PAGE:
- Potter: ObamaCare myths and realities
- The structure and organization of the Syrian opposition
- 'Chemicals of Concern' list still wrapped in OMB red tape
- Radar van locations, traffic incidents & today's gas prices
- Tucson receives national recognition for bike friendliness
Posted Aug 30, 2012, 11:38 am
“Collected Stores,” Live Theatre Workshop’s latest production, features lots of intensity. The two-character, two-act play by Donald Margulies offers plenty of emotional opportunity and even some comedic moments early on. This production has two fine actresses who manage the drama’s tense balancing act of competing arcs – one rising, one falling – but is undercut by the story's predictability.
By the end of Act I, it’s all too clear where everything is headed and that diminishes the eventual catharsis as the play slinks towards the obvious in the second act.
The team of actresses Cynthia Jeffery and Samantha Cormier and director Sheldon Metz do manage to hold to the moral ambiguity of Margulies’ 1996 script about two writers. Jeffery plays Ruth Steiner, an older, established writer, coasting along on her fame, who has turned to teaching as her muse becomes less present. Cormier plays Lisa Morrison, a young, recent Princeton graduate of promise.
The story line
Following her own youthful acclaim, Ruth has created a comfortable niche for herself, adjudicating the worthiness of graduate students who seek to learn her secrets for artistic and popular success as a writer. But from the opening moments we sense the claustrophobia and slow decay within Ruth's hermetically sealed life, when she must negotiate the dilapidation of her apartment to even allow Lisa to enter.
Once in, Lisa is a devoted acolyte, able to quote passages of Ruth’s novels from multiple readings. Lisa’s awe of her mentor’s legacy leads to initial awkwardness, compounded by Ruth’s imperious nature. But as soon as we hear that Ruth is seeking a new assistant, we know that the two are twined. And when it becomes clear that Lisa does have talent, the eventual shape of their respective arcs is clear – Lisa will ascend as Ruth continues to decline.
After Ruth judges Lisa as worthy of her expertise, they soon settle into a kind of domestic tranquility. This is up-ended when Lisa begins to find success without the need for Ruth’s aid and starts an ascent that parallels Ruth’s own career. There is foreshadowing aplenty, both of Ruth’s decline and of Lisa’s rise as the two slowly trade places. At a crucial juncture, having quickly mined her own limited life dry, Lisa begins to write about Ruth.
The results are devastating, but all too predictable, rupturing the relationship. Ruth, made infirm by disease and time, rails at the impending darkness, her eyes on Lisa. Lisa maintains she was simply following Ruth’s own teachings.
The play does manage to maintain a moral ambiguity about Lisa – we can never decide if she is guilty of nothing more than ruthlessly taking her teacher’s lessons to heart or of a vampiric act, appropriating her beloved mentor’s painful life for her own gain. Did Lisa learn Ruth’s lessons or steal her secrets?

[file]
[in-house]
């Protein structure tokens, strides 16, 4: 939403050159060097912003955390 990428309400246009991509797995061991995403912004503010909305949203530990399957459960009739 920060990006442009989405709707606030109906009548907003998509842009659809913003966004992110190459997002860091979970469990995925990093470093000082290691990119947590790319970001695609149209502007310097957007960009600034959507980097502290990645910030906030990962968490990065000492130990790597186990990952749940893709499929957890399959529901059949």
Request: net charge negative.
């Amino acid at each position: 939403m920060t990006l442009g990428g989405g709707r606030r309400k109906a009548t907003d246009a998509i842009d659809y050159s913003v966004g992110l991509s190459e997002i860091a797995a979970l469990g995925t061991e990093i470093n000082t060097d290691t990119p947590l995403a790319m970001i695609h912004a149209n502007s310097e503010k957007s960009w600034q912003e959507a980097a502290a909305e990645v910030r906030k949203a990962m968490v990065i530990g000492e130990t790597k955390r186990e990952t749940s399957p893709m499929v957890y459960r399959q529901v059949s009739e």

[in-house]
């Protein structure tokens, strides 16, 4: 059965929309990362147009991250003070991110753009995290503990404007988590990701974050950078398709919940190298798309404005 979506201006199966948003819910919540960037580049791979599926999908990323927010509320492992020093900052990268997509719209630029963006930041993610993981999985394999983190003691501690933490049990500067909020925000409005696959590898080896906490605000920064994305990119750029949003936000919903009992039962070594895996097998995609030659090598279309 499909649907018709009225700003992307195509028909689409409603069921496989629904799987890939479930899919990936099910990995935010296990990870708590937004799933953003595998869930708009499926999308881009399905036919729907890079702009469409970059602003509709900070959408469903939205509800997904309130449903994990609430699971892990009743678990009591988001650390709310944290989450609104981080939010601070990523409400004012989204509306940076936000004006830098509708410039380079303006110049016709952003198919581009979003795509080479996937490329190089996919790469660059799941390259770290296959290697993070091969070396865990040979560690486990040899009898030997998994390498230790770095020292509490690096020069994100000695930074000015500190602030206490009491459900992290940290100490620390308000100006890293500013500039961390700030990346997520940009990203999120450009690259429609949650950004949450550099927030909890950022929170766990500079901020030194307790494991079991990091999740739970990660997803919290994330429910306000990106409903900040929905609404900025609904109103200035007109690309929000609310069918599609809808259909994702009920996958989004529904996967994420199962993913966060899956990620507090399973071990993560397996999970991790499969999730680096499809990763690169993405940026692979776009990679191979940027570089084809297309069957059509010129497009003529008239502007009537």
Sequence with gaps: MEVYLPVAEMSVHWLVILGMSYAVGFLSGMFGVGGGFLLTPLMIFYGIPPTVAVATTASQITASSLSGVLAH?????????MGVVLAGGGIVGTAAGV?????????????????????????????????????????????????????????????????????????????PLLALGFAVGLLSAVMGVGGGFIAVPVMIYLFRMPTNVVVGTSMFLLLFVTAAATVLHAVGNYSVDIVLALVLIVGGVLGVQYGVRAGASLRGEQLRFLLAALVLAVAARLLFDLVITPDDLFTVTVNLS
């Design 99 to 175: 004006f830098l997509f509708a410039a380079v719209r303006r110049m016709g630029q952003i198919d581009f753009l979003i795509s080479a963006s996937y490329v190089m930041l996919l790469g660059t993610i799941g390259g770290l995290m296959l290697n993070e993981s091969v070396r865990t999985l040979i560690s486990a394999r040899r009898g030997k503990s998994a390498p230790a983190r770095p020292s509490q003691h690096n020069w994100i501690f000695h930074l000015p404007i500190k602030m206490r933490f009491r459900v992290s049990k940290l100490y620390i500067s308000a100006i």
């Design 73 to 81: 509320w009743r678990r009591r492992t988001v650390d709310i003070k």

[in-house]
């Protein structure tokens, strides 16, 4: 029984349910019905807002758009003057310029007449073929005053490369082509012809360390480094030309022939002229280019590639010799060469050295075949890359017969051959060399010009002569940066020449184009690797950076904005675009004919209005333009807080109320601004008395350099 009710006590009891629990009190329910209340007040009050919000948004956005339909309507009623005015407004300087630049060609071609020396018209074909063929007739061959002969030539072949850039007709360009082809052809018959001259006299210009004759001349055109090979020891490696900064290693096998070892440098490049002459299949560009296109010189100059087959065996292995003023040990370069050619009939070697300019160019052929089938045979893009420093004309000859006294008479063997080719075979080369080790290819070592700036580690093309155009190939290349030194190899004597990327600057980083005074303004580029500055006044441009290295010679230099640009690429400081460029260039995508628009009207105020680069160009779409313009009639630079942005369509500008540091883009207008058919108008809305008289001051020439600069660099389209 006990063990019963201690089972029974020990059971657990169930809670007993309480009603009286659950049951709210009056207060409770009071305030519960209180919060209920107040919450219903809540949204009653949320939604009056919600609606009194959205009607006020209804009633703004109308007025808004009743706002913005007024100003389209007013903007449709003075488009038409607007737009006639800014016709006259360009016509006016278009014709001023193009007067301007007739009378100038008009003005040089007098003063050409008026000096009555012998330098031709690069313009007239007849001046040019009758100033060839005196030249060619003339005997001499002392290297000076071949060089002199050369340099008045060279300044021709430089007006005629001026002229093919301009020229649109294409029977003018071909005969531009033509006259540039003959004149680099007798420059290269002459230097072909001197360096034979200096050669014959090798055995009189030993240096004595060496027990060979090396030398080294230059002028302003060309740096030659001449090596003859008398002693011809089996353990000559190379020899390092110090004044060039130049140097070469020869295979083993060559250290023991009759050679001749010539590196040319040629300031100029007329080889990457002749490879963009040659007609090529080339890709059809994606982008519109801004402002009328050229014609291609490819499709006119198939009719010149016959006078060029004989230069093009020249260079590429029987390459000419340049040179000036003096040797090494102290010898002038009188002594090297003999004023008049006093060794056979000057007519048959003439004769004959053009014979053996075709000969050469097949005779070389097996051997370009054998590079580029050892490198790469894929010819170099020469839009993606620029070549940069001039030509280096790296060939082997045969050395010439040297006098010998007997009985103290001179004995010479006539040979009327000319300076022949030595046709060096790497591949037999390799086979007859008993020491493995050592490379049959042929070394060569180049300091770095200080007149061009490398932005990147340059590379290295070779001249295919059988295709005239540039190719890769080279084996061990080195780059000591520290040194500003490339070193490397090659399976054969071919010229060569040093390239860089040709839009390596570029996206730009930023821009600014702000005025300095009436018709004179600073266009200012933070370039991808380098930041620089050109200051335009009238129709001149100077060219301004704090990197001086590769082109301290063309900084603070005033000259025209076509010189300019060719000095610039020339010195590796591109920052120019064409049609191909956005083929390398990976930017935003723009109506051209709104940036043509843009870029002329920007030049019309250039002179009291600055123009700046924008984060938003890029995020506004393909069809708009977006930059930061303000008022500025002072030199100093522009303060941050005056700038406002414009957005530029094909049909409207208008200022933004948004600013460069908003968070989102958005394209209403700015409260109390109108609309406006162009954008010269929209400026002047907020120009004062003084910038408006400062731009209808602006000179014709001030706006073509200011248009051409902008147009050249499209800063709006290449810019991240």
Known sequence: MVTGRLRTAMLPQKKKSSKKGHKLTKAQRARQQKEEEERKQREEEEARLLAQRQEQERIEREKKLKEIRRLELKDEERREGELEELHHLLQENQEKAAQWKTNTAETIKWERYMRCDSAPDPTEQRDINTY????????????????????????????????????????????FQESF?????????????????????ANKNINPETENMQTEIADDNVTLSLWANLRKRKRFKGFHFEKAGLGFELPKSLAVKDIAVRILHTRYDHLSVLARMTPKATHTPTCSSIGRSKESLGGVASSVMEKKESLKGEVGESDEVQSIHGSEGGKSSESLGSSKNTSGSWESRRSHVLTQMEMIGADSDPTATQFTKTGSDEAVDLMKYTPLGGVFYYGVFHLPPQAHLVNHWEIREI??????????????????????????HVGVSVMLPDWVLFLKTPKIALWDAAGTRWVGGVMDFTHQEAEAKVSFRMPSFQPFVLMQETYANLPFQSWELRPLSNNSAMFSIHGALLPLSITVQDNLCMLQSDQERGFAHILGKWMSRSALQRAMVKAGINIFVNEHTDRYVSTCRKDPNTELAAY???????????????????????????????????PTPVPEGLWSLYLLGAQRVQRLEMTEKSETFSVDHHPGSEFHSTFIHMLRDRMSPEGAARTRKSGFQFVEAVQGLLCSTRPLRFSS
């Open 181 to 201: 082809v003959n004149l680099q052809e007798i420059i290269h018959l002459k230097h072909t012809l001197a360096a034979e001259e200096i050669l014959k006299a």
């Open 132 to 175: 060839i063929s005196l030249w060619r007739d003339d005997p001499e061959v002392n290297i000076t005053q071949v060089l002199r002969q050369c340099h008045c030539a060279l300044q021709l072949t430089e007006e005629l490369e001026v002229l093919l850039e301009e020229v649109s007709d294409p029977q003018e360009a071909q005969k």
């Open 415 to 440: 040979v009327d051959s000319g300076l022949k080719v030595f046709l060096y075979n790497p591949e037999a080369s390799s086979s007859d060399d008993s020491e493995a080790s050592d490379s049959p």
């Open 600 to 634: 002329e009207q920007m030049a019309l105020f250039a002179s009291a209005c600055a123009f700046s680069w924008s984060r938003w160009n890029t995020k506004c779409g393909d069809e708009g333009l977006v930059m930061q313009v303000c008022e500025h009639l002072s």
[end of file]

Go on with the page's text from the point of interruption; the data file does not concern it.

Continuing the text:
And is Margulies guilty of exploiting the sad final years of actual writer and poet Delmore Schwartz as the object of his character’s youthful affair that becomes her secret wound, and in turn fodder for Lisa’s career? Is he using Schwartz’s skeletons for personal gain or simply applying good research in the name of art, as advised by Ruth? (Pulitzer Prize winner Margulies also wrote “Shipwrecked,” which the Rogue Theatre staged so successfully this year.)
Margulies’ text is littered with references to contemporary literati, the publishing industry and the travails of the writing life. Eventually it becomes too studied – two conversational references to vampires in case we might miss that point, a late reference to an open window that harks back to the opening scene – and feels, well, writerly, rather than organic.
It all becomes a little too circular and insular in act II, which stretches out to provide ample ramp up to the final dissolution of Ruth’s kingdom as she sputters out of control, control being the one thing she cherished.
Cormier, fresh from working with Metz on Beowulf Alley Theatre Company’s recent “Radium Girls,” does a good job shifting gears from naïve underdog to misunderstood overlord. Her initial gawkiness is cute and the neophyte Lisa even gets some laughs. Her quest for Ruth-like fame is aided by costuming to better outfits and monologues addressing her growing followers.
Jeffery, who starred in Live Theatre’s “Death and the Maiden” earlier this season, provides another masterful personification of a woman with issues struggling to achieve a normal life. Using subtle variations of terse facial expression and body language, coupled with an unwavering, disciplined diction, she makes Ruth a very precise, very scary and, ultimately, a very sad individual. By the end, Jeffery reached an emotional peak that left both her and the audience stunned and drained.
Director Metz oversells the foreshadowing, adding ominous music when Ruth does a “ravages of time, fleeting nature of fame” speech. Several key moments had one actor or the other obscured to part of the audience, a peril when working with an audience on three sides of the thrust stage in the intimate LTW space. But he secures strong, consistent performances from both Cormier and Jeffery.
“Collected Stories” is a mixed affair with excellent acting, some slight missteps in presentation and a script that circles long before reaching an unresolved conclusion. But in the end, it engages you sufficiently that you wish there were copies of both Ruth Steiner’s and Lisa Morrison’s books available for sale in the lobby after the show.